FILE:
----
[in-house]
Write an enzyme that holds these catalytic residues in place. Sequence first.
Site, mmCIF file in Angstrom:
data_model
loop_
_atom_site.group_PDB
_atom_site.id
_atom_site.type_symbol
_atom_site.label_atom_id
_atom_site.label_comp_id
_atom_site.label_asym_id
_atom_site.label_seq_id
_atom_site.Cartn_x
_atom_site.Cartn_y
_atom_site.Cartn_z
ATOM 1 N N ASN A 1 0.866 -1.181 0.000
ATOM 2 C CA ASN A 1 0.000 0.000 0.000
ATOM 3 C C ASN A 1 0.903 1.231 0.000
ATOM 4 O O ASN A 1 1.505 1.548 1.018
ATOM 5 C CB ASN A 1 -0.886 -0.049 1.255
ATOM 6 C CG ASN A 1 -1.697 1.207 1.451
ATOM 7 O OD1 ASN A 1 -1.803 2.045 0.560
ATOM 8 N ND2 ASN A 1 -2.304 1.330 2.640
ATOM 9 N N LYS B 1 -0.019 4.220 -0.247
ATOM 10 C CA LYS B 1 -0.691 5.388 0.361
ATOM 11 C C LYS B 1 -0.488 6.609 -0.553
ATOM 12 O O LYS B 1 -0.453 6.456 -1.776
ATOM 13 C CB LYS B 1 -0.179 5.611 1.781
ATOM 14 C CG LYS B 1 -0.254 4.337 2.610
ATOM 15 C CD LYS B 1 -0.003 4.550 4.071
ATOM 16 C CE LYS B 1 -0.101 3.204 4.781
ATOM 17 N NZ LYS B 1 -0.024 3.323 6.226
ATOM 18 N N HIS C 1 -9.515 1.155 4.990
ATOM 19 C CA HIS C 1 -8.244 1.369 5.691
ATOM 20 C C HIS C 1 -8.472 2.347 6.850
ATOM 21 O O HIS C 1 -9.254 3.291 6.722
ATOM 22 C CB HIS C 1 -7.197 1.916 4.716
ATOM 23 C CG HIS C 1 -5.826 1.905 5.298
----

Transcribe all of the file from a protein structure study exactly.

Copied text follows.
[in-house]
Write an enzyme that holds these catalytic residues in place. Sequence first.
Site, mmCIF file in Angstrom:
data_model
loop_
_atom_site.group_PDB
_atom_site.id
_atom_site.type_symbol
_atom_site.label_atom_id
_atom_site.label_comp_id
_atom_site.label_asym_id
_atom_site.label_seq_id
_atom_site.Cartn_x
_atom_site.Cartn_y
_atom_site.Cartn_z
ATOM 1 N N ASN A 1 0.866 -1.181 0.000
ATOM 2 C CA ASN A 1 0.000 0.000 0.000
ATOM 3 C C ASN A 1 0.903 1.231 0.000
ATOM 4 O O ASN A 1 1.505 1.548 1.018
ATOM 5 C CB ASN A 1 -0.886 -0.049 1.255
ATOM 6 C CG ASN A 1 -1.697 1.207 1.451
ATOM 7 O OD1 ASN A 1 -1.803 2.045 0.560
ATOM 8 N ND2 ASN A 1 -2.304 1.330 2.640
ATOM 9 N N LYS B 1 -0.019 4.220 -0.247
ATOM 10 C CA LYS B 1 -0.691 5.388 0.361
ATOM 11 C C LYS B 1 -0.488 6.609 -0.553
ATOM 12 O O LYS B 1 -0.453 6.456 -1.776
ATOM 13 C CB LYS B 1 -0.179 5.611 1.781
ATOM 14 C CG LYS B 1 -0.254 4.337 2.610
ATOM 15 C CD LYS B 1 -0.003 4.550 4.071
ATOM 16 C CE LYS B 1 -0.101 3.204 4.781
ATOM 17 N NZ LYS B 1 -0.024 3.323 6.226
ATOM 18 N N HIS C 1 -9.515 1.155 4.990
ATOM 19 C CA HIS C 1 -8.244 1.369 5.691
ATOM 20 C C HIS C 1 -8.472 2.347 6.850
ATOM 21 O O HIS C 1 -9.254 3.291 6.722
ATOM 22 C CB HIS C 1 -7.197 1.916 4.716
ATOM 23 C CG HIS C 1 -5.826 1.905 5.298